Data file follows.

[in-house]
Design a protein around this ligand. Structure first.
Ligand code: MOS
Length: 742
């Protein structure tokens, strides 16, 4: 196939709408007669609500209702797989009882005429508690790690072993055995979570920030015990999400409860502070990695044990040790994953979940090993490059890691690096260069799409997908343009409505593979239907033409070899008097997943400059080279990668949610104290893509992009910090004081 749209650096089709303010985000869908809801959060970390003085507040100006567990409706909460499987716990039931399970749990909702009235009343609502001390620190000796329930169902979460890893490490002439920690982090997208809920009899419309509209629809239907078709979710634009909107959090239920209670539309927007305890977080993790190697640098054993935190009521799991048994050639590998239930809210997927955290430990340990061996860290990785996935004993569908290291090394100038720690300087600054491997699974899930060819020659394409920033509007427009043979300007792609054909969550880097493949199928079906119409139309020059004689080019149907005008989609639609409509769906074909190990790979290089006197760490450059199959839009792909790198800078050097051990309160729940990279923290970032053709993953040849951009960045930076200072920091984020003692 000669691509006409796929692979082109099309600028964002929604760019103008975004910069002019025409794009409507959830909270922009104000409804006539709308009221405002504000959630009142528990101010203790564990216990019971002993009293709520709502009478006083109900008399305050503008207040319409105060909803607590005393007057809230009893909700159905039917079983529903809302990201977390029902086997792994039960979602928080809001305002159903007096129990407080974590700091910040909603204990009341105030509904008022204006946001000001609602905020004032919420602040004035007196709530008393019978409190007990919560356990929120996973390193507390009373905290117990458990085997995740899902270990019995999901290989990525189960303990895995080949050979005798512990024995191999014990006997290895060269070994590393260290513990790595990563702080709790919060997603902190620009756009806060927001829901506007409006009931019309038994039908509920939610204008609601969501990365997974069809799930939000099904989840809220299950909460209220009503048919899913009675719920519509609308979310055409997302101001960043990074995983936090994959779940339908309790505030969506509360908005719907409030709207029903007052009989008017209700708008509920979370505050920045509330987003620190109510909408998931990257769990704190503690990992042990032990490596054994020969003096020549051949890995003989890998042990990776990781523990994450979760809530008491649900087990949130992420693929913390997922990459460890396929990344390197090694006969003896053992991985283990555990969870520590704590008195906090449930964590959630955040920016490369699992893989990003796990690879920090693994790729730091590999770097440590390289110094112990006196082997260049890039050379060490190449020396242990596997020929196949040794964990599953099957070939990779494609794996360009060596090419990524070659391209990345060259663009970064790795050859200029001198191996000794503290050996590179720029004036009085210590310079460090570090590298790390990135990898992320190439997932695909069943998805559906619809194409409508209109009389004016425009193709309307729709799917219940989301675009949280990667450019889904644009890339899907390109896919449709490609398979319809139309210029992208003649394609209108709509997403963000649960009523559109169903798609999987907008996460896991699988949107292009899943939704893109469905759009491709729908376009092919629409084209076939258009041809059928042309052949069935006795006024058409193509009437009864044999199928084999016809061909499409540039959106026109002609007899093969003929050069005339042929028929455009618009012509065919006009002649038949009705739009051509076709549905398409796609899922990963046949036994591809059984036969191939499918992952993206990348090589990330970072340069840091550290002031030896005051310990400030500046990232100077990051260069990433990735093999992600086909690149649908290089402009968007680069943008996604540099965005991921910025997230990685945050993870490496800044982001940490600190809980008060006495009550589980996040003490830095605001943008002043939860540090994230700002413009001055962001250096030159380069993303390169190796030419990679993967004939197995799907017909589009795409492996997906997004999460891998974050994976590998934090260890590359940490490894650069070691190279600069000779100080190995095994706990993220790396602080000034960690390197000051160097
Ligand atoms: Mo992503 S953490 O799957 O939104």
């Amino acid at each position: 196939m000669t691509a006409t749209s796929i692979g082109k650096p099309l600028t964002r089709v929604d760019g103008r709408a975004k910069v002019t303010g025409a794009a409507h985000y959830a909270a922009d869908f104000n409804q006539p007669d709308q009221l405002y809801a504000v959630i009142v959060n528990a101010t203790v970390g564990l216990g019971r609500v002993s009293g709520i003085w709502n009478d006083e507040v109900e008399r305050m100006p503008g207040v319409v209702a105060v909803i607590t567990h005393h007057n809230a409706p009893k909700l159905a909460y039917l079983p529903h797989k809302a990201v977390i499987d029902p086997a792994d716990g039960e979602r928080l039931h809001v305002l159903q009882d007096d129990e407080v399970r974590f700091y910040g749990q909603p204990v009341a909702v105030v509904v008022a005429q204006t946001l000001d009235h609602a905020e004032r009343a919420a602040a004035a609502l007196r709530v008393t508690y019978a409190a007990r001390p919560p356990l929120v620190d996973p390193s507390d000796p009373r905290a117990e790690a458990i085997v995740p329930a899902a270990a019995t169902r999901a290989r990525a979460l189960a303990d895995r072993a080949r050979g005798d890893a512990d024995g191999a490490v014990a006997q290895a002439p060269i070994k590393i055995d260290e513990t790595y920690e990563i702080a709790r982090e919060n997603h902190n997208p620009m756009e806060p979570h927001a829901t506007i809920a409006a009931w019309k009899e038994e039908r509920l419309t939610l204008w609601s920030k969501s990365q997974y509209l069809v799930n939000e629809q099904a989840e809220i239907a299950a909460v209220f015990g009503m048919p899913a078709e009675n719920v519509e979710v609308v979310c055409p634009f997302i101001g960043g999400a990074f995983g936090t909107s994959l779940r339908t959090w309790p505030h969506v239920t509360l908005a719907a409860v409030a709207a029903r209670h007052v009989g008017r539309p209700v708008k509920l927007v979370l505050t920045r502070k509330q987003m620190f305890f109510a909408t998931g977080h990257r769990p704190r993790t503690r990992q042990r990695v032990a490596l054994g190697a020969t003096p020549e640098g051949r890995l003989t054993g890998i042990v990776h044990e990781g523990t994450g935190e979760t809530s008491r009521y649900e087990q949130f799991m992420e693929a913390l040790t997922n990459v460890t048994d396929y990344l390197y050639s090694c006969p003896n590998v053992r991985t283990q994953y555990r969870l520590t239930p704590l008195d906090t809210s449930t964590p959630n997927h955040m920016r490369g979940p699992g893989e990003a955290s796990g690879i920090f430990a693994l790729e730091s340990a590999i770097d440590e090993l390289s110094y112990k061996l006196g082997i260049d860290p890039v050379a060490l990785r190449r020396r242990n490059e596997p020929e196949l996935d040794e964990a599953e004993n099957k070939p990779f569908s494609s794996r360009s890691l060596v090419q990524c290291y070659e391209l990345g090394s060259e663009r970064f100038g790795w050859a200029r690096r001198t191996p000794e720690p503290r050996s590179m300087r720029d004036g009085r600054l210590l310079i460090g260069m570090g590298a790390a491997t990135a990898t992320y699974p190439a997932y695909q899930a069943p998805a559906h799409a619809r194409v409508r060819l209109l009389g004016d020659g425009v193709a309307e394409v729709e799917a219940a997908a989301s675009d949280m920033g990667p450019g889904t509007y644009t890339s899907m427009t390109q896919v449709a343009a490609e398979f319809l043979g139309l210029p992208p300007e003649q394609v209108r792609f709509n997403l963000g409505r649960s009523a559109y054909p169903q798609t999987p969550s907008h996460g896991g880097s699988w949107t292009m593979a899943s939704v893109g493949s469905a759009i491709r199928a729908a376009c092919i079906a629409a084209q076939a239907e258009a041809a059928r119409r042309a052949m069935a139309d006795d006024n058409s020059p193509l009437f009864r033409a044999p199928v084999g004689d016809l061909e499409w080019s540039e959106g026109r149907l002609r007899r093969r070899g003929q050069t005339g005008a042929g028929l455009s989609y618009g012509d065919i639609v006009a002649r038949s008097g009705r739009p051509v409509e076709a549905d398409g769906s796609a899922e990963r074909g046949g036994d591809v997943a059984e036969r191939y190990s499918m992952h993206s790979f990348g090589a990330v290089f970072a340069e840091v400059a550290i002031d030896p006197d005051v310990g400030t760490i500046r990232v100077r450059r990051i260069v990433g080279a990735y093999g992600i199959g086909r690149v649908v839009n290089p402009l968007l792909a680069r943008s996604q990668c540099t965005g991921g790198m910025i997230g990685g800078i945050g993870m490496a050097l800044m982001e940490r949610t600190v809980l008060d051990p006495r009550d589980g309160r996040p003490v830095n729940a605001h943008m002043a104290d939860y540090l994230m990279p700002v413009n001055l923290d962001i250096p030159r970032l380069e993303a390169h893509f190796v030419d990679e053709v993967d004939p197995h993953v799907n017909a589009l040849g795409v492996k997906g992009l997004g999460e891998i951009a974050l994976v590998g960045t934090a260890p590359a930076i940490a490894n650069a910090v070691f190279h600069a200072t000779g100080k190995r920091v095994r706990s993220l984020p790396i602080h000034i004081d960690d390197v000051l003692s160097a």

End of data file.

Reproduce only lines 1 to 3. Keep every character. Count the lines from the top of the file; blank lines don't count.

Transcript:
[in-house]
Design a protein around this ligand. Structure first.
Ligand code: MOS